Intervention versus light touch

Perhaps obviously the first question is whether to do something or to do nothing? Traditionally the Conservative Party have been light touch, trusting the market to let firms and individuals make efficient/optimal choices. But efficiency and equity are two different things, and there are strong social justice calls to do something. The May Government’s Industrial Strategy signalled a higher tolerance for the state taking a more active role in the economy, and the announcement of furlough marked a highly interventionist turn.

Status quo versus new equilibrium

Two key questions really arise: Should a scheme seek to preserve the pre-COVID-19 economy so it can bounce back? Or accept disruption as inevitable and actively promote re-allocation from jobs that are gone forever to new jobs? This question really depends on two related things:

  • How long the crisis I expected to last
  • Whether disruption is a temporary blip or permanent shift

Clearly when the crisis started, it was expected to be short. The initial furlough scheme was to last until the end of May 2020, but a series of extensions and tweaks now brings us up to April 2021. As the crisis continues, change feels increasingly permanent. The move to online grocery shopping, streaming rather than cinema and working from home rather than commuting. Of course, some of these trends were already in train, but the pandemic accelerated them. Some claim that small firms have experienced three years’ worth of innovation in the first three months of lockdown.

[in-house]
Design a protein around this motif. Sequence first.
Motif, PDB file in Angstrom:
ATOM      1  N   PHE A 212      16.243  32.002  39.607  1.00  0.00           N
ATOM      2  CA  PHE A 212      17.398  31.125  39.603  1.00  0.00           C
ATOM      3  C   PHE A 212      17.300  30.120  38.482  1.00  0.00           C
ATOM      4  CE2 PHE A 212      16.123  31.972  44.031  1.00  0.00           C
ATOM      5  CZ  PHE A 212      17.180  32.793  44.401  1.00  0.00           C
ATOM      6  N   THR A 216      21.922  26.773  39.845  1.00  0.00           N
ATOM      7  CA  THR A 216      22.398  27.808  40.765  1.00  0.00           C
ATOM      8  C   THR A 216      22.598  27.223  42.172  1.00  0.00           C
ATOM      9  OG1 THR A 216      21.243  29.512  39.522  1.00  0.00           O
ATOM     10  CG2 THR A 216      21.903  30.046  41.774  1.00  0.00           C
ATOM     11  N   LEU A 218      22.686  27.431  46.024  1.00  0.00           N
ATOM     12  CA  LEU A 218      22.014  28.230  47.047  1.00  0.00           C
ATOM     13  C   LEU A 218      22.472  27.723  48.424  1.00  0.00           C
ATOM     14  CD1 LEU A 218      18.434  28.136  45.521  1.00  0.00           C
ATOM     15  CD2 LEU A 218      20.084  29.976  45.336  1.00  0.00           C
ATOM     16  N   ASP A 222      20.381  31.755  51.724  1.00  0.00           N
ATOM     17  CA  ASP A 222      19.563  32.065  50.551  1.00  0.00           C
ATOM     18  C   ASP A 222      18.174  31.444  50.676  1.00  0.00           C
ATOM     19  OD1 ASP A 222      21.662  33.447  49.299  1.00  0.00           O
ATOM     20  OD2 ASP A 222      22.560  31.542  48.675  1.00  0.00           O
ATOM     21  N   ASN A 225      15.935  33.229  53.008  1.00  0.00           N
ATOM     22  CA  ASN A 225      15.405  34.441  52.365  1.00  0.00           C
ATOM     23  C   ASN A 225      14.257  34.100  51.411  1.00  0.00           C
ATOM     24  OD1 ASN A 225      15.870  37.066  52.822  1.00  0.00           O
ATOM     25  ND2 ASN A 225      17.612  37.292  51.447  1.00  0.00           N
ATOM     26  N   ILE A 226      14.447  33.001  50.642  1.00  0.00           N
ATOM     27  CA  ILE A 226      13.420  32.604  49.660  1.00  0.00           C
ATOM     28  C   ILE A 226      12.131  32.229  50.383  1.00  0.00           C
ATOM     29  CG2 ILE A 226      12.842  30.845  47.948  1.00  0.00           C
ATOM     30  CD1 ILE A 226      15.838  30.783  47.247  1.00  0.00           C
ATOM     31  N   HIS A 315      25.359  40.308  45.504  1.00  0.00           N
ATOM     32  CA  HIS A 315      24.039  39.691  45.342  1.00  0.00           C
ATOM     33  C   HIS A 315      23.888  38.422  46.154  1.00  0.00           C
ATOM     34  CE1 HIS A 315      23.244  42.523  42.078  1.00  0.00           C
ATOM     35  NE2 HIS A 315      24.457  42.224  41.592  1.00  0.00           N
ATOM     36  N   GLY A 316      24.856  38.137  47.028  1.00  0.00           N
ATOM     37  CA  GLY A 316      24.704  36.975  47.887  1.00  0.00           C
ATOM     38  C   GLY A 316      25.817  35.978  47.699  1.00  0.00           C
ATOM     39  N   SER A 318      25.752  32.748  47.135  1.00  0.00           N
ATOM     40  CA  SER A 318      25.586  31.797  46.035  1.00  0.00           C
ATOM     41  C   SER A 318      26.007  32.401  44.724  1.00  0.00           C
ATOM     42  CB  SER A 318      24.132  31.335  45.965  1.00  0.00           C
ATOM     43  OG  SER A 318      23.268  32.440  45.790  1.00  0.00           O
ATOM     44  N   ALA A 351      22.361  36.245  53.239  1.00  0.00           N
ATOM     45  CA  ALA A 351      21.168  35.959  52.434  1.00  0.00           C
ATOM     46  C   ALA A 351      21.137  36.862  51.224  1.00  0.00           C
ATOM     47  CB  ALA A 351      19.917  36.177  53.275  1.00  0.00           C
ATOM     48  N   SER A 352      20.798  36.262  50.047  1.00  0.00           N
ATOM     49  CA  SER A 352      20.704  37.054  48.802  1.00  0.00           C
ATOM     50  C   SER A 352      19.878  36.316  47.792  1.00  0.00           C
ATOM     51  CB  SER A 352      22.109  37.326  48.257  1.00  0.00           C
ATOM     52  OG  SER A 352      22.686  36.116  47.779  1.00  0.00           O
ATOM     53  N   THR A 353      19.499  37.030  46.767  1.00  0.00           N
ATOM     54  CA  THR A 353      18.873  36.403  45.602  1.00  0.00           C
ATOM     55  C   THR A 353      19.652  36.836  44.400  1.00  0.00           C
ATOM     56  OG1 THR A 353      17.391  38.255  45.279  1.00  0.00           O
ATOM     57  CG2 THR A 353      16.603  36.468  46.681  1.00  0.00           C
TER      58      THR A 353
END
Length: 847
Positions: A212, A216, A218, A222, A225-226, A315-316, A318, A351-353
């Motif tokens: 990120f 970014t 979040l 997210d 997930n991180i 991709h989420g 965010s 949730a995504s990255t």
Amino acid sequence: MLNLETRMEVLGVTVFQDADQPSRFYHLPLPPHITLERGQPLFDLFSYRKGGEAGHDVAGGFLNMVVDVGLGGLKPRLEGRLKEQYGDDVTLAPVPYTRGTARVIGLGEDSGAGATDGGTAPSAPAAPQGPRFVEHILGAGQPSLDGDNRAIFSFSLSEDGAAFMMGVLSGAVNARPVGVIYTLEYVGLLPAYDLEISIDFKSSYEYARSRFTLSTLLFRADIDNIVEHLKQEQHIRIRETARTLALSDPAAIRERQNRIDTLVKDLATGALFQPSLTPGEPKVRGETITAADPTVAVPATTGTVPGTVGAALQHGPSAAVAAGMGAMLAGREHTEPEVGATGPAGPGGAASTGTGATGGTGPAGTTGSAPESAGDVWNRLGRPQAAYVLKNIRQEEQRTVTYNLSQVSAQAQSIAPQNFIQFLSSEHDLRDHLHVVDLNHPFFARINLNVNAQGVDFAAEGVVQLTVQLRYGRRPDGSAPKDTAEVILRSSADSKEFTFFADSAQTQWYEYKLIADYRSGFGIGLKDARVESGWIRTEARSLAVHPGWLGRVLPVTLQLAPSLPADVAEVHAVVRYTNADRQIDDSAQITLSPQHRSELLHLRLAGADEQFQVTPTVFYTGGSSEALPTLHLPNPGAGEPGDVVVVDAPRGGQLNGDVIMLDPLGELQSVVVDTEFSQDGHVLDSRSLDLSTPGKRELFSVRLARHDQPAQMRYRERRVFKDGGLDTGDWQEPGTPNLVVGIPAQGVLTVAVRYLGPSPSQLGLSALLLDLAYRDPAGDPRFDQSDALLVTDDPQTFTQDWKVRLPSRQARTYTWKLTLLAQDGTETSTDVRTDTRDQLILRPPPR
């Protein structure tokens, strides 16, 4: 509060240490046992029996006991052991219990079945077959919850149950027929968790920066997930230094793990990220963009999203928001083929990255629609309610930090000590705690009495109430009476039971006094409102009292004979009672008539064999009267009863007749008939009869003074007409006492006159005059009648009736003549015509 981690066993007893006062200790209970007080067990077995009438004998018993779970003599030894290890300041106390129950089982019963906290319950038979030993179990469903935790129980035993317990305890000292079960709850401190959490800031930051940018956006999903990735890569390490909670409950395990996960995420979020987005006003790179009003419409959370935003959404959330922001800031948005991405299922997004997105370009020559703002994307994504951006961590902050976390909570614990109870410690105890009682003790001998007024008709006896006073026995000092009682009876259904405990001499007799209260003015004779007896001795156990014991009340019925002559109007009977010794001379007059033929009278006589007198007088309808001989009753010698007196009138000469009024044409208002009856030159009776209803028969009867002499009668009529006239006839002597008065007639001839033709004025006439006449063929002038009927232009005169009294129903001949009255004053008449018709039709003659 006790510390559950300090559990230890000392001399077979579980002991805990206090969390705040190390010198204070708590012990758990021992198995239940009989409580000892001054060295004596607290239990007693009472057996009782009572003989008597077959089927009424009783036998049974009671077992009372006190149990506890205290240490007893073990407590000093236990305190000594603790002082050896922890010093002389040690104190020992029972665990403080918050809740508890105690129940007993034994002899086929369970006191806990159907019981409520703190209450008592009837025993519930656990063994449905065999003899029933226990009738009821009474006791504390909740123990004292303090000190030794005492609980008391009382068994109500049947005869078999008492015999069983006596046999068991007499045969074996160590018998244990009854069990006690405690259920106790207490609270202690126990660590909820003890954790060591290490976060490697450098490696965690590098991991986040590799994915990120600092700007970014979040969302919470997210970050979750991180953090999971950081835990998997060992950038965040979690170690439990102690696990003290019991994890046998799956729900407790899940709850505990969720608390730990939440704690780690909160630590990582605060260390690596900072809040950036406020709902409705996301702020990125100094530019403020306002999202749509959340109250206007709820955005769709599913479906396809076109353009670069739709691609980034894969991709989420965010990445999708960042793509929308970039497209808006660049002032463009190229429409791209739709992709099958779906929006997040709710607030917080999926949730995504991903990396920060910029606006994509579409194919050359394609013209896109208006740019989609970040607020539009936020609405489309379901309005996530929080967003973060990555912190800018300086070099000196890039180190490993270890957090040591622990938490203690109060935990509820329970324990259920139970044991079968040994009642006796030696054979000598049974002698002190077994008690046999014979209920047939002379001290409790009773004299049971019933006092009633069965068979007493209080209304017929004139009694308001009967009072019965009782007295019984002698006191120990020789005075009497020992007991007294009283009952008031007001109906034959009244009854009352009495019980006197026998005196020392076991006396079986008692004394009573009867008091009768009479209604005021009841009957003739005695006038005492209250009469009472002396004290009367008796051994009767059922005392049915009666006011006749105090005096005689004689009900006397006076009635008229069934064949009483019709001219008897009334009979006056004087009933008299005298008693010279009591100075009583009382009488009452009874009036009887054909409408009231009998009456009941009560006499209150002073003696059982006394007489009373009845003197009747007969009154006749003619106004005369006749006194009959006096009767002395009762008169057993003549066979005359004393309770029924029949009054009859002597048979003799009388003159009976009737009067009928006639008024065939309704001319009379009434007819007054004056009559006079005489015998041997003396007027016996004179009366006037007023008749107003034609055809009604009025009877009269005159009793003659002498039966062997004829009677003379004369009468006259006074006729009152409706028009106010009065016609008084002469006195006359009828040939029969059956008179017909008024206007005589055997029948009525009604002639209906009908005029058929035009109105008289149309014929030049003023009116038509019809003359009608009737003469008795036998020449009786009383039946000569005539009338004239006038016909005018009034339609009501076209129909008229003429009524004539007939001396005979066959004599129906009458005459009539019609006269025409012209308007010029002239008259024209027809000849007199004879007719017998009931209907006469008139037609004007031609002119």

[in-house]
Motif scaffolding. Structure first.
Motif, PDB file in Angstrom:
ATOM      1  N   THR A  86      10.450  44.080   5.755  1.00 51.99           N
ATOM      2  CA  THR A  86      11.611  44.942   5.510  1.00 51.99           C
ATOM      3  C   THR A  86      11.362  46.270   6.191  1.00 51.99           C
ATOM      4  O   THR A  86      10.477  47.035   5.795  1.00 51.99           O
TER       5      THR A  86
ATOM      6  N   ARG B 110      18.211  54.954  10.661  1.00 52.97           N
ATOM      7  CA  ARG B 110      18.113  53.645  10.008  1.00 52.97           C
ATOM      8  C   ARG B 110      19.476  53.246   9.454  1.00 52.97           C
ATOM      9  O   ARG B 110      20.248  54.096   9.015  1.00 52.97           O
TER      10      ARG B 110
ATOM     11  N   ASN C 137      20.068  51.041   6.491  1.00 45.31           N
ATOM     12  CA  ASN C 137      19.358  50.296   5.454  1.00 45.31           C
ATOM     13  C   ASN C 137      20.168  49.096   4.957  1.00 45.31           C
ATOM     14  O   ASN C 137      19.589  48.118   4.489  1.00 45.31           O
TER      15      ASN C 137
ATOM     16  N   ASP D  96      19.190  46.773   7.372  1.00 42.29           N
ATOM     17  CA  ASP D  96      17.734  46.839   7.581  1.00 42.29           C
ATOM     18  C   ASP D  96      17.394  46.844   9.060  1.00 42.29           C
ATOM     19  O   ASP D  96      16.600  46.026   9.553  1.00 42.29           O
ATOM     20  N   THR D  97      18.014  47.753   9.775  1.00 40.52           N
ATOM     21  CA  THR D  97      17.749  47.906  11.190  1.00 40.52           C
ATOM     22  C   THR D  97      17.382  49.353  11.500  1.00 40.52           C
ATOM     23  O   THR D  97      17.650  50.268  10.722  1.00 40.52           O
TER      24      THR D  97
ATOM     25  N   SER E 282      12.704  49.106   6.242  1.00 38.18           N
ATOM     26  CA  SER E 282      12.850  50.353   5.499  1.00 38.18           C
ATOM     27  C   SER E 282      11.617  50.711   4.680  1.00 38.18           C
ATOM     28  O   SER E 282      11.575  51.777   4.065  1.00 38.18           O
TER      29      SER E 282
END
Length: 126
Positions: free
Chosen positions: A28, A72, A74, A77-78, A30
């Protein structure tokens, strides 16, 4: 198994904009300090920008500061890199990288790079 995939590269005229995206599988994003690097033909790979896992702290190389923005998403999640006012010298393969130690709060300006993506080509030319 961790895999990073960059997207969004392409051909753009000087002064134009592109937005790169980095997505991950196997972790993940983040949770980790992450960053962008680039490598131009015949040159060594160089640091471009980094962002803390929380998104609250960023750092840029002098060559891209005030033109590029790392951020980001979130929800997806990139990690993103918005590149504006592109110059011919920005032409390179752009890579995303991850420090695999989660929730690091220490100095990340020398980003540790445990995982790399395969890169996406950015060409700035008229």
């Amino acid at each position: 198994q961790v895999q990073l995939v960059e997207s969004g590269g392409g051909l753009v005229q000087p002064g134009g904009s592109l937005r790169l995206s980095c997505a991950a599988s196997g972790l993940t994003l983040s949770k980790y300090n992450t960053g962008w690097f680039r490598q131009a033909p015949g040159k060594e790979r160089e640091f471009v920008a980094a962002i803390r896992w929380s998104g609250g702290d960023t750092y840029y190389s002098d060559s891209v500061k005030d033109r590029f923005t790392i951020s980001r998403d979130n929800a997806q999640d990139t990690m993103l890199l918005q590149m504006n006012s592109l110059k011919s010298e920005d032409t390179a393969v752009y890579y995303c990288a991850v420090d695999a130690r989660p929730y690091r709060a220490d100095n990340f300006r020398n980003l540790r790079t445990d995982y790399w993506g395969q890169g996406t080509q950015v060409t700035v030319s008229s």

To date the Government has focused on the status quo, no more obviously so than when ordering everybody back to the office to save the Pret economy (a policy reversed three weeks later). So-called bounce back loans for small business open generous lines of credit to incumbents that might be unavailable to start-ups, though this latter group could hold the keys to the post-COVID-19 recovery. The argument for a new equilibrium will gain traction with each passing day of the crisis. The Economist has recently argued that the US response to COVID-19 has increased entrepreneurialism.

Protecting labour market insiders versus outsiders

Schemes like furlough are very generous to those on them compared to those collecting unemployment benefit. However, both groups true labour market statuses are identical. Someone on median earnings could expect to keep 80% of their income under the original furlough, compared to about 20% on universal credit. That’s a hard pill to swallow for labour market outsiders in the UK.

Protecting jobs versus protecting hours

Again, on the theme of sharing the pain, some schemes incentivise employers to cut jobs whilst others incentivise keeping workers but cutting hours. The proposed job support scheme requires that employers pay for some hours not being worked, which will encourage them to cut jobs. This provision has now been watered down from 33% to just 5% of hours not worked. Cutting hours spreads income out a bit more but has other benefits too. Keeping people in the labour market is good for longer-term prospects. Skills can atrophy, and the longer someone spends out of the labour market, the more difficult it is to get back in.